Everyday reality is bittersweet when it comes to gender equality in the workplace. In recent times, we have made great strides as more women than men graduate from college and graduate school, and nearly equal numbers of American women and men now go into medicine and law – fields traditionally considered a man’s domain.
While there have been improvements, it is still a man’s world when it comes to leadership positions and high-paying jobs in cutting-edge companies. According to a 2015 Dow Jones study, only 4% of Fortune 500 Chief Executive Officers (CEOs) are women. The US Census Bureau reports that women earn 80 percent of what men are paid on average, comparing all jobs, but other studies indicate that the gap is far less when comparing the same jobs, a much better situation than in years past.
Why Diversity and Inclusion?
Diversity and inclusion have a direct effect on an organization’s bottom line. A more diverse workforce fosters greater creativity and is critical for innovation. Companies with higher levels of gender diversity and with policies and practices that focus on gender diversity are linked to lower levels of employee turnover. Organizations ranked highly on Fortune’s "World's Most Admired Companies" list have twice as many women in senior management than do companies with lower rankings. Also, mixed-gender boards have fewer instances of fraud.
“The idea of ‘diversity for the sake of it,’ is something that is not motivating - or we would have had more progress by now,” says Farzana. “There are clear impacts of inequitable practices and systemic oppression that each of us needs to actively work towards overcoming, and the benefit is success by companies and institutions that can recognize the power, talent, and expertise that women can bring. This is the value proposition,” she adds.
Farzana has also designed and delivered Unconscious Bias workshop sessions on behalf of the Ismaili Council for USA, in partnership with ITREB to our institutional leaders. These workshops addressed how we can create more inclusive environments for our children and fellow teachers.
Coming from an interfaith family, Farzana credits guidance from the Ismaili faith as the foundation for how she approaches diversity today, saying, "It is the teachings about pluralism and the ethical values that I uphold and that drives my perspectives on diversity and inclusion.” She adds, “Also, my early experiences teaching women sports at the Aga Khan University Sport and Rehabilitation Centre when it first opened in Karachi, reinforced my commitment to global understanding and the empowerment of women, in all aspects of life."
Farzana was one of the speakers at the Diamond Jubilee Alliances Conference in 2018, joining others in a TED Talk style session on "The Power of Possibility: Journeys of Women in Leadership." She shared her origin story, how she left the workforce to found her own consulting company, and shared personal aspects of how she has balanced life as an entrepreneur.
What Can Companies Do?
As of March 2015, 70% of mothers with children under 18 were part of the U.S. labor force, up from 47% in 1975; yet, corporations lag behind in creating workplace support policies such as paid family leave, child care assistance, flexible working hours, etc. Farzana points out, women tend to "'dull their spark,' in order to not stand out because there are no other female role models in the arena,” and that companies should address these issues.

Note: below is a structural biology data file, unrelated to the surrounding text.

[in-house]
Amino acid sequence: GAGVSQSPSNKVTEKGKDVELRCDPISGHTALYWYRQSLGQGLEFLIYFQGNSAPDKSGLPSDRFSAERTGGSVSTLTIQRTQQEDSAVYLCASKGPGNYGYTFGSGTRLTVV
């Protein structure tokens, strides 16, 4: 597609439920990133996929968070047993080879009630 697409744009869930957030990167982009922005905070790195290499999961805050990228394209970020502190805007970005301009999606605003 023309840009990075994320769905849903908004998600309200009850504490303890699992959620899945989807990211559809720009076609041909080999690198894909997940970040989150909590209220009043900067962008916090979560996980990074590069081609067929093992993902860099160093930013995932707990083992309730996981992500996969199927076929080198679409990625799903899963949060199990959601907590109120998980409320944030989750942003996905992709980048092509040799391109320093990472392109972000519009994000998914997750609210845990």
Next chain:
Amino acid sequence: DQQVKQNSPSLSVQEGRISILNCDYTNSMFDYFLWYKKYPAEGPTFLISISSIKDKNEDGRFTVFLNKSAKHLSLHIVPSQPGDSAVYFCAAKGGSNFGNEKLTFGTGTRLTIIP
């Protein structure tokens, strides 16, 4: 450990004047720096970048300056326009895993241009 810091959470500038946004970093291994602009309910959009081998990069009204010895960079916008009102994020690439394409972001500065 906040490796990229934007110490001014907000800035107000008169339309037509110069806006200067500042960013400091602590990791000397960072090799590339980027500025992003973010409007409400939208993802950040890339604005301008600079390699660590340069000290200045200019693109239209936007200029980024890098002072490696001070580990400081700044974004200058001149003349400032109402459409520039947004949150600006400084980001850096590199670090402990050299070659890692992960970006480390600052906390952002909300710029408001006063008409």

Farzana counters the perception that companies need to “lower the bar” when hiring for more diversity and that they should "cast the net wider, seek sources in places that a company hasn't traditionally gone. There are many underrepresented, talented people in our workforce that do not have access to social capital, a legacy of education, and generational cultural goodwill that has been passed on. This systemic inequity continues to exclude women and other underrepresented groups."
Analysts say that adjusting everyday norms can prompt change. There remains a huge gap in pay equality and gender equity with regard to roles and responsibilities within an organization. “Men can be the biggest allies, advocates, accomplices, and champions to supporting women in the workplace. This can be by noticing inequality, and actively interrupting it,” says Farzana.
Possible solutions to gender inequality in the workplace include, more job flexibility, men on family leave, job-sharing options, noting sexist language, using networking, solid child care choices and behavioral nudges. Each individual in the workplace, particularly those in leadership positions, need to be more proactive in recognizing and lifting talented women. A diverse team can lead to more innovation, productivity and overall success.
Farzana's advice is: "We must not settle to be the 'only.' Lift others as you rise. Let's not be an exception but become the rule. This creates true belonging and societal betterment, for all.”
- Rocío Lorenzo, Nicole Voigt, Karin Schetelig, Annika Zawadzki, Isabell M. Welpe, and Prisca Brosi, The Mix That Matters: Innovation Through Diversity (The Boston Consulting Group, 2017).
- Muhammad Ali, Isabel Metz, and Carol T. Kulik, “Retaining a Diverse Workforce: The Impact of Gender-Focused Human Resource Management,” Human Resource Management Journal, vol. 25, no. 4 (2015): p. 580-599
- Weber Shandwick, GFP Index 2016 (2016).
- Linda-Eling Lee, Ric Marshall, Damion Rallis, and Matt Moscardi, Women on Boards: Global Trends in Gender Diversity on Corporate Boards (MSCI, 2015).